Phosgene effects on health
As phosgene (COCl2) is extremely toxic, it has been used as a chemical weapon and a poison gas during the First World War. This gas is very toxic by inhalation (R26) and causes chemical burns (R34). At ambient temperature, this gas is colorless or sometimes slightly yellowish with a decomposition smell – moldy hay or rotten apple.
|Conversion (1ppm)||4.05 mg/m3|
|TWA, STEL||0.1 ppm (0.4 mg/m3) - 0.2 ppm (0.8 mg/m3)|
Phosphorus trihydride (PH3) – most commonly known as phosphine – is mainly used for fumigation applications because of its biocide properties – required for international transport. Phosphine is also industrially released while producing acetylene, during metals de-rusting process with phosphoric acid or in metal treatment plants with phosphides.
Phosphine gas effects on health
Phosphine is a colorless gas that can be detected through its fishy smell. This gas is very toxic by inhalation (R26) and can cause chemical burns (R34). This substance is very harmful for the environment, especially for aquatic organisms (R50). It is extremely flammable (R12) when in contact with oxidizers, halogenated hydrocarbons, aluminum or copper; and explosive – spontaneously flammable in the air (R17).
|Conversion (1ppm)||1.41 mg/m3|
|TWA, STEL||0.1ppm – 0.2ppm|
|LEL, UE||1.6% - 98%|
Propane (C3H8) or dimethyl methane is an alkane that is mainly used as a combustion energy source in internal combustion engines or boilers. It is primarily released from natural gas purification or liquefied petroleum gases separation. Propane is industrially used as a reactive agent for synthesis of ethylene, benzene, toluene or xylene.
Propane effects on health
When pure, propane (C3H8) is a colourless and odourless gas. Ethanethiol – an odorant – is added to easily detect any gas leak. Propane is harmful by inhalation and causes oxygen depletion. It can be found gaseous at ambient temperature but it also can liquefy under a pressure around 10 bars. Its combustion is clean and generates water and carbonic gas.
|Conversion (1ppm)||1.8 mg/m3|
|LEL, UE||2.1% - 9.5%|
Silicon tetrahydride (SiH4) – most commonly known as silane, monosilane, silicane – is an active gas primarily used for deposing silicon base layers. This process is performed through pyrolysis in the glass industry: oxygen-free thermal decomposition of organic materials. It is also used to produce amorphous silicon for photocopiers or solar cells.
Silane effects on health
At ambient temperature, silane (SiH4) is a colorless gas with a specific smell. As it is heavier than air, it can replace oxygen in poorly ventilated areas and create asphyxiating environments. The major silane hazard remains its explosiveness. Indeed, as it is extremely flammable, it can spontaneously ignite when in contact with the air. If heated, it produces hydrogenated silicon, which increase the risk of explosion.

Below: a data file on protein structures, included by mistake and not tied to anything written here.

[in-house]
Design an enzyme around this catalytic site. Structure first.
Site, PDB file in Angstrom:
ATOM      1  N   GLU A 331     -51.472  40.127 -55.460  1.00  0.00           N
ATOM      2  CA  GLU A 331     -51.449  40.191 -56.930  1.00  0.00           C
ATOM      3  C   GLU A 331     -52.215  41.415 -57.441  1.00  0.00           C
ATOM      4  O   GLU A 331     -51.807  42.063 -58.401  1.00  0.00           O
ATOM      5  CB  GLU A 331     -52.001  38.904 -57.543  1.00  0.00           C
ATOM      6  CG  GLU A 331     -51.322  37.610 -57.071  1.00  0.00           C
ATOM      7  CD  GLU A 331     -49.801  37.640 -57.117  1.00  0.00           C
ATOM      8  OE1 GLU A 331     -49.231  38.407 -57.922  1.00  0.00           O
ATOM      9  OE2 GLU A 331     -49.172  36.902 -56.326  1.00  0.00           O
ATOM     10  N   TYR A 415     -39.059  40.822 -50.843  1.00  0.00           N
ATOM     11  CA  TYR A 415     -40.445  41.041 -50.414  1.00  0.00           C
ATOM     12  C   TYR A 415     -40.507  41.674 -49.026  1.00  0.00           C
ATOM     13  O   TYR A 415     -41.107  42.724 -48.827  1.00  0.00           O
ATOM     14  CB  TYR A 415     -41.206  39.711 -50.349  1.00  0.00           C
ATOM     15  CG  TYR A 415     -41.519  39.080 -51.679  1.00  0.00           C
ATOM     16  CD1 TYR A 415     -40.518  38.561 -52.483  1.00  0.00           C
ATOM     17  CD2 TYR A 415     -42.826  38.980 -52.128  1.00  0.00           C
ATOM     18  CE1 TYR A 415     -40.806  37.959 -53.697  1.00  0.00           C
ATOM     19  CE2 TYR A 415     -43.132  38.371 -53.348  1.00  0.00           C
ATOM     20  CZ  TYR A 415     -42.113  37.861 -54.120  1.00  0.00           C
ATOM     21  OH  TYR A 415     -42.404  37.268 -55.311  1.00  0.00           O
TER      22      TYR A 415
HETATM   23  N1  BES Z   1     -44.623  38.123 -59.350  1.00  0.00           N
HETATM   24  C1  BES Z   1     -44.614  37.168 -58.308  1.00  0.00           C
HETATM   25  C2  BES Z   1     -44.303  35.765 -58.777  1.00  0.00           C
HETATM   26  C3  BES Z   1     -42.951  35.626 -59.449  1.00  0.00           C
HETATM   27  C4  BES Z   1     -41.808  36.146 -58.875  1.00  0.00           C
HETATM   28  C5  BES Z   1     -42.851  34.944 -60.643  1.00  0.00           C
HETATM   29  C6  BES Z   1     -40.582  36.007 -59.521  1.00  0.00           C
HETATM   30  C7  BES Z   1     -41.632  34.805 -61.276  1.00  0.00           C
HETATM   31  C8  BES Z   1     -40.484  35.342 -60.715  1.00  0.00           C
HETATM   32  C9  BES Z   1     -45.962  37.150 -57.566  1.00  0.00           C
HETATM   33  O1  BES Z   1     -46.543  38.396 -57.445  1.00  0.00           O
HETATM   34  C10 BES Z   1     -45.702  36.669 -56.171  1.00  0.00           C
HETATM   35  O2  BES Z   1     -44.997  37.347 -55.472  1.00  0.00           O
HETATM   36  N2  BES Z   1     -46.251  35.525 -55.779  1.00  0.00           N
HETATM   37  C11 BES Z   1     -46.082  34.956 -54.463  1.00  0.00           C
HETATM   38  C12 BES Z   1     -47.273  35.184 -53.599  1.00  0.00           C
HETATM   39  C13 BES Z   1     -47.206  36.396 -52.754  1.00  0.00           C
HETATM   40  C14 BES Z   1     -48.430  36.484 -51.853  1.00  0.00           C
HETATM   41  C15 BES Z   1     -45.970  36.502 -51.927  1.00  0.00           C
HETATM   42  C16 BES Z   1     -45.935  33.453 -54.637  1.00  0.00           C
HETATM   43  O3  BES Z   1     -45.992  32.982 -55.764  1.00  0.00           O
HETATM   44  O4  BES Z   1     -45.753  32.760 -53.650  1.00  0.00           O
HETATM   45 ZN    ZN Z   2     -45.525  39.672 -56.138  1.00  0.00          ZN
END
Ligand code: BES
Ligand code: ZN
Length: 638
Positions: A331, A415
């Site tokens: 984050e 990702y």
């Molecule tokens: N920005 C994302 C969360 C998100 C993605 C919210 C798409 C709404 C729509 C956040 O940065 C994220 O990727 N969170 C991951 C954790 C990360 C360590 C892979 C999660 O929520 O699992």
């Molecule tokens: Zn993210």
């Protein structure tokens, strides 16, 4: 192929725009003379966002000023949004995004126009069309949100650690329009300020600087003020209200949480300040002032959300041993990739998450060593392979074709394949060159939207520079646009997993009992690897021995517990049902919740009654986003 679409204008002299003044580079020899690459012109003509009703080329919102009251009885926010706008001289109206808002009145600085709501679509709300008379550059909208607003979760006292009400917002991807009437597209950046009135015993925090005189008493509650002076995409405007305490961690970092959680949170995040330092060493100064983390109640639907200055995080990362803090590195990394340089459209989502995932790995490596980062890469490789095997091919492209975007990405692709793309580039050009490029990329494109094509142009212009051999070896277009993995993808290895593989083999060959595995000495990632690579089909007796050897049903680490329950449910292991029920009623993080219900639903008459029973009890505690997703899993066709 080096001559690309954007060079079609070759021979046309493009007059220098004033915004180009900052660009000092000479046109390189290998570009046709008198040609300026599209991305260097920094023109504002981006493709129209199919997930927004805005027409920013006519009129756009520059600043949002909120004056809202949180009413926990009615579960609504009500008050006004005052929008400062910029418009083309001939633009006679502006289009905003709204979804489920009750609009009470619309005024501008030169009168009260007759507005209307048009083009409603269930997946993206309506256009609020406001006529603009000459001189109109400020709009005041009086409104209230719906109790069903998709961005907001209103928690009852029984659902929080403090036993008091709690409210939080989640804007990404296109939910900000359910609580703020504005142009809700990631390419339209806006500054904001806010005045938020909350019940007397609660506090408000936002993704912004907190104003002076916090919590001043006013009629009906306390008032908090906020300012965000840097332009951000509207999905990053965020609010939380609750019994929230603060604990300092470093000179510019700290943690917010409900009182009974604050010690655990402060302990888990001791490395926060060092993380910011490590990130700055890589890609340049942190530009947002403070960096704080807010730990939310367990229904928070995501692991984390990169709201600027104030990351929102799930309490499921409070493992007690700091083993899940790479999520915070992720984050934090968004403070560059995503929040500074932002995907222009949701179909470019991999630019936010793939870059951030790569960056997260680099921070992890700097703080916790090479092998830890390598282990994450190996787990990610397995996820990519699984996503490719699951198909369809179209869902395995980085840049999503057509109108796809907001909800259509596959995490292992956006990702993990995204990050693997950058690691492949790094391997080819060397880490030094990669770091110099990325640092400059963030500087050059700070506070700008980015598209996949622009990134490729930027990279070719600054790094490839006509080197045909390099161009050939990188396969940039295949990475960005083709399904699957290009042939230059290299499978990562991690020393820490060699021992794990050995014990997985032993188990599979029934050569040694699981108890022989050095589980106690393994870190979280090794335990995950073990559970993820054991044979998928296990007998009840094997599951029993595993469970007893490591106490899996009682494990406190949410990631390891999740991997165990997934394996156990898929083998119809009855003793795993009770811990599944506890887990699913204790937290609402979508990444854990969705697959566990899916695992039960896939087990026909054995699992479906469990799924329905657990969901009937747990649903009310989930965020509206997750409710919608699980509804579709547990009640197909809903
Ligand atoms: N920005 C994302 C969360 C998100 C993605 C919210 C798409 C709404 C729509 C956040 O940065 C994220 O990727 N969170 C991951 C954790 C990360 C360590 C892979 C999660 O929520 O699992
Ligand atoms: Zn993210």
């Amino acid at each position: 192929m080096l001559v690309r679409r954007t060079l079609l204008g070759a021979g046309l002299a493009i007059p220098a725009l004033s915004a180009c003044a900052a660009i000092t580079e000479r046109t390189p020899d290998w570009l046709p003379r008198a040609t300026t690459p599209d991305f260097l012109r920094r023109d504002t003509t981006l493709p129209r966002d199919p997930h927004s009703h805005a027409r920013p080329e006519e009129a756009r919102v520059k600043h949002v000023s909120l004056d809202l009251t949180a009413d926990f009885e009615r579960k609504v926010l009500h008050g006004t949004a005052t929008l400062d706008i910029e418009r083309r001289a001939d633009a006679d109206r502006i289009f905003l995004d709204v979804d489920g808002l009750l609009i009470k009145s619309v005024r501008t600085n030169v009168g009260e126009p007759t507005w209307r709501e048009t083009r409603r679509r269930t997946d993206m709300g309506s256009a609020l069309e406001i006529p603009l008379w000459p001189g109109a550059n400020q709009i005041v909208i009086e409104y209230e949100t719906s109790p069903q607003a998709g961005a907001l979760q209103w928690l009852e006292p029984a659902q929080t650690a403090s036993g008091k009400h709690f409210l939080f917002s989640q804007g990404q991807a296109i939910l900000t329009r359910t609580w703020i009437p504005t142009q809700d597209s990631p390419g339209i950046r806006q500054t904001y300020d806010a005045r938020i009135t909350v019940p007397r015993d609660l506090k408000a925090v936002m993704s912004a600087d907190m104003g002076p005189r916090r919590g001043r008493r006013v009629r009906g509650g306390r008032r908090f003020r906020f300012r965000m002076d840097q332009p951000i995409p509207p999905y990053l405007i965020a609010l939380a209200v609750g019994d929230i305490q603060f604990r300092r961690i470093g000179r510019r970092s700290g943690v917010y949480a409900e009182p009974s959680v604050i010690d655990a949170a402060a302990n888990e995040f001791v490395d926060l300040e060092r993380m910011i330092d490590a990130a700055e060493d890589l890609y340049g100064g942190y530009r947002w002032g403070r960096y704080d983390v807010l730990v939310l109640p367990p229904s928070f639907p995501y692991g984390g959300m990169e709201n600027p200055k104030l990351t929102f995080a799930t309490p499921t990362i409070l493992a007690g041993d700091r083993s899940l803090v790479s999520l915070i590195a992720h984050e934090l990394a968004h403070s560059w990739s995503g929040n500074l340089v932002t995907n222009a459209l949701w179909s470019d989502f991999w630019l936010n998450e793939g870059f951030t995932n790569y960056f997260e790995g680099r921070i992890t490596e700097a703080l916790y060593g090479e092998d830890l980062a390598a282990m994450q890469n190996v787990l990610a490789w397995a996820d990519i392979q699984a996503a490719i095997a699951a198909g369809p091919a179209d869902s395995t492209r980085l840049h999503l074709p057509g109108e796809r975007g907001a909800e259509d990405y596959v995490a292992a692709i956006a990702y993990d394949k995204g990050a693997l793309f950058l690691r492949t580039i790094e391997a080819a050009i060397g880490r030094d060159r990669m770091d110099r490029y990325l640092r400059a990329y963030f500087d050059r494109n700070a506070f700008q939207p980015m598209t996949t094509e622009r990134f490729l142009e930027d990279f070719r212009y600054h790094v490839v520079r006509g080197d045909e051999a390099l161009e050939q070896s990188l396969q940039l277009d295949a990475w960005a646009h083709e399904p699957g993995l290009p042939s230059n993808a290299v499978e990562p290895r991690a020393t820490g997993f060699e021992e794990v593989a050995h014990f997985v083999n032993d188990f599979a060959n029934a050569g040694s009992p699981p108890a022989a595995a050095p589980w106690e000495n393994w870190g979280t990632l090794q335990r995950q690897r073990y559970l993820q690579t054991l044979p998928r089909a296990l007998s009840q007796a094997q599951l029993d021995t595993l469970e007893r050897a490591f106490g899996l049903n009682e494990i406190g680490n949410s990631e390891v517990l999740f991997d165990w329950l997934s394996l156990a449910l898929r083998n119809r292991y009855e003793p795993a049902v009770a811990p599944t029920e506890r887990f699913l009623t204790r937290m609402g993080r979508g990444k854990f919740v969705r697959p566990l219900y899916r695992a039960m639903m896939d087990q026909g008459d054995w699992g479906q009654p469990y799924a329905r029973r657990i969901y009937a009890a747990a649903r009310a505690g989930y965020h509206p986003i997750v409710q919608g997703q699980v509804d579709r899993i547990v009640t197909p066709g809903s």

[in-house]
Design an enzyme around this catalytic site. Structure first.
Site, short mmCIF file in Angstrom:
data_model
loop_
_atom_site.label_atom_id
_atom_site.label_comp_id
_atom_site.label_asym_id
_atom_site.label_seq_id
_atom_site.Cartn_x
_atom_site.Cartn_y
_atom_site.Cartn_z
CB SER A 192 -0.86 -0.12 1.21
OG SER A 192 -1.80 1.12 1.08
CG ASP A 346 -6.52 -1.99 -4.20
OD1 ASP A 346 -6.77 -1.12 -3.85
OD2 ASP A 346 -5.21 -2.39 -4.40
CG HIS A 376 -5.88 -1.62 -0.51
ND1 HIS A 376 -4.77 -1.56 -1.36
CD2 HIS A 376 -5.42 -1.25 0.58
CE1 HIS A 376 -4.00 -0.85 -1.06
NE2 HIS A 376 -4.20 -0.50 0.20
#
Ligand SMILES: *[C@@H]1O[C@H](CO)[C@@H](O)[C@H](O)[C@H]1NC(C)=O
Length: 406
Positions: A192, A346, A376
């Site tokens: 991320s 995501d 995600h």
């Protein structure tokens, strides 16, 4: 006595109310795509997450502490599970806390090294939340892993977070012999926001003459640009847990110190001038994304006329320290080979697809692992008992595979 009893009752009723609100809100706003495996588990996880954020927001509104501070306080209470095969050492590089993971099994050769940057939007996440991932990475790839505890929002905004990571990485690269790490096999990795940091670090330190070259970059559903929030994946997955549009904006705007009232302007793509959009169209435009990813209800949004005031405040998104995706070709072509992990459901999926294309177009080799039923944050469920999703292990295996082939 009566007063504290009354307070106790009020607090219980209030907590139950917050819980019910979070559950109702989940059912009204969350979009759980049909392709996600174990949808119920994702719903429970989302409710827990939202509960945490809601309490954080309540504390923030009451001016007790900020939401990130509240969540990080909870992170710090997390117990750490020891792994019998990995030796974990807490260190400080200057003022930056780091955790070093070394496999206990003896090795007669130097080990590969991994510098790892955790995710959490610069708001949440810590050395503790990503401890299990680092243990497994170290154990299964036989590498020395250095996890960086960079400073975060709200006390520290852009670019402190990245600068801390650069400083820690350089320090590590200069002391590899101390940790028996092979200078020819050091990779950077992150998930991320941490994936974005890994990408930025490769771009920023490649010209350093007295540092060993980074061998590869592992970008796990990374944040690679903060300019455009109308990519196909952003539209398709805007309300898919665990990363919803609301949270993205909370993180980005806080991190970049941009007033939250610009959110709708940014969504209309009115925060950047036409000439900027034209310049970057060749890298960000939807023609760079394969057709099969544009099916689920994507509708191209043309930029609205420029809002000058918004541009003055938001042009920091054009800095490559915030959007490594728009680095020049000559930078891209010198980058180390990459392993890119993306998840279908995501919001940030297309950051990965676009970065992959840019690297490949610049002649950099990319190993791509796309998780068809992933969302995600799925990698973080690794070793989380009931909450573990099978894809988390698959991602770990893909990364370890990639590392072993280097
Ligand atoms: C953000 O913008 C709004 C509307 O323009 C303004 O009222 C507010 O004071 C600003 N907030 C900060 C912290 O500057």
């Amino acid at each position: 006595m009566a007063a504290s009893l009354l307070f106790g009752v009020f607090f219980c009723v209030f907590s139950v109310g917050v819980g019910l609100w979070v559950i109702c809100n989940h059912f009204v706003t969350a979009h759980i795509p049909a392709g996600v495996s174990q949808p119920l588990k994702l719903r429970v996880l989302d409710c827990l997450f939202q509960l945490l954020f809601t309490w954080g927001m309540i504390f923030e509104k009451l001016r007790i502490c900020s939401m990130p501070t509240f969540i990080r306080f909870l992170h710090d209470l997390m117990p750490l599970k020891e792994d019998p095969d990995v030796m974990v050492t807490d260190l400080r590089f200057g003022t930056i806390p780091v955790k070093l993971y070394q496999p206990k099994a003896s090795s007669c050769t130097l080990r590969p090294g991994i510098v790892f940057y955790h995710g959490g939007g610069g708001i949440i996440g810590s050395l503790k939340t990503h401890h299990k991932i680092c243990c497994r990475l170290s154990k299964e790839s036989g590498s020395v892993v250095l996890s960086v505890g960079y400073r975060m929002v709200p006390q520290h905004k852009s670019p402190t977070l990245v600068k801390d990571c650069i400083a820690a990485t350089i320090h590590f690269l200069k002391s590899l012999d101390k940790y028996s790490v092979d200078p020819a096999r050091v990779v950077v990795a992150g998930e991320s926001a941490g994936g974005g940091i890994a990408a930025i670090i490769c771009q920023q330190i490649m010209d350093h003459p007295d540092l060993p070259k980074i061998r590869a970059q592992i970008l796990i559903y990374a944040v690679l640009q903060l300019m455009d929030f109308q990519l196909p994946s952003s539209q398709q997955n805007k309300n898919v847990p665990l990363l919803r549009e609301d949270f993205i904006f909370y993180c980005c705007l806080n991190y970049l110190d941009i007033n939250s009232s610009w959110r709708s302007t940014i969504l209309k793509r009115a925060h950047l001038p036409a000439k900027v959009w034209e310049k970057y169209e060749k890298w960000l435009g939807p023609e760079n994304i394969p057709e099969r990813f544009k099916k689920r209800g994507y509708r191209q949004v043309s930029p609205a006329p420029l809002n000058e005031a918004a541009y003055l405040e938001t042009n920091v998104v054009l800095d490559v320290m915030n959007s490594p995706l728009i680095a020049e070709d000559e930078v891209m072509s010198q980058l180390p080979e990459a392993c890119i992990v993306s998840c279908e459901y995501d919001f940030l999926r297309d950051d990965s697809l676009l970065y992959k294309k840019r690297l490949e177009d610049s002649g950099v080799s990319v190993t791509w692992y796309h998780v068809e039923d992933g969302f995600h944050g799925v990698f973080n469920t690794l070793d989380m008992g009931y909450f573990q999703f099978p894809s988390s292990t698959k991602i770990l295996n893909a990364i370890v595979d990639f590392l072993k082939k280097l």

Silane can be swallowed by inhalation. If released, this gas can swiftly reach hazardous concentration levels in the air. If inhaled, silane causes headaches, nausea, coughing and sore throat. The liquid’s fast evaporation can cause frostbite.
|Conversion (1ppm)||1.31 mg/m3|
|TWA, STEL||5 ppm (7 mg/m3)|
|LEL, UE||1.37% - 100%|
Styrene (C8H8) is used to produce plastics like polystyrene. In reaction with other monomers such as acrylonitrile and/or butadiene, it is used to synthetize rubber or latex. The pharmaceutical industry and perfumeries are using small quantities of styrene as an additive in perfumes and medicine. This substance is also used in the chemical industry as a solvent to synthetize polyester resins.
Styrene effects on health
Styrene (C8H8) is a colourless or sometimes yellowish gas with a soft smell detectable from 0.15 ppm. This volatile organic compound is very harmful by inhalation and can cause irritation to the skin and eyes (R36/38). As it is flammable between 0.9 % and 6.8 % volume, styrene vapours can form explosive gaseous mixtures. It also features reprotoxic effects. The International Agency for Research on Cancer classified it as possibly carcinogenic to humans (Group 2B).
|TWA, STEL||50ppm – 100ppm|
|LEL, UE||0.9% - 6.8%|
Sulphur dioxide (SO2) – also called sulphurous anhydride – is present in many fields of activity such as the pulp and paper industry, power plants, the cooling industry and fossil energy combustion (coal and fuel). It is also used for wine growing application. Even if it can be naturally found near volcanoes, this gas is essentially anthropogenic.
Sulphur dioxide effects on health
Sulphur dioxide (SO2) is a colourless gas with a pungent fragrance that may cause breathing system and eyes irritation starting at 1 ppm! Even if it is corrosive and harmful, this gas is above all toxic. It has been classified as R23 (toxic by inhalation) and R34 (causes burns). Lastly, sulphur dioxide is very reactive with many solvents (alcohol, toluene), and particularly with water to produce sulfuric acid (H2SO4). SO2 is also responsible for acid rain.
|Conversion (1ppm)||2.62 mg/m3|
|TWA, STEL||2ppm – 5ppm|
Heavily produced during the Second World War to produce TNT, methyl benzene (C7H8) – or toluene – is a volatile organic compound. This substance is now used in many fields of activities such as construction sites (paint solvent, glue or polish), printing plants (ink) or the pharmaceutical industry. It can also be found in some petroleum products to enhance the octane rating in fuels.
Toluene effects on health
Featuring a specific smell (dissolvent), toluene (C7H8) is a colourless, flammable and explosive gas. It reacts with many volatile organic compounds and oxidizers to produce even more explosive gaseous mixtures. This gas is also very harmful and even lethal if swallowed or absorbed by the breathing tracts. Chronic exposure can lead to severe effects to vital organs and can impair fetus health in pregnant women.
|TWA, STEL||100ppm – 150ppm|
|LEL, UE||1.2% - 7.1%|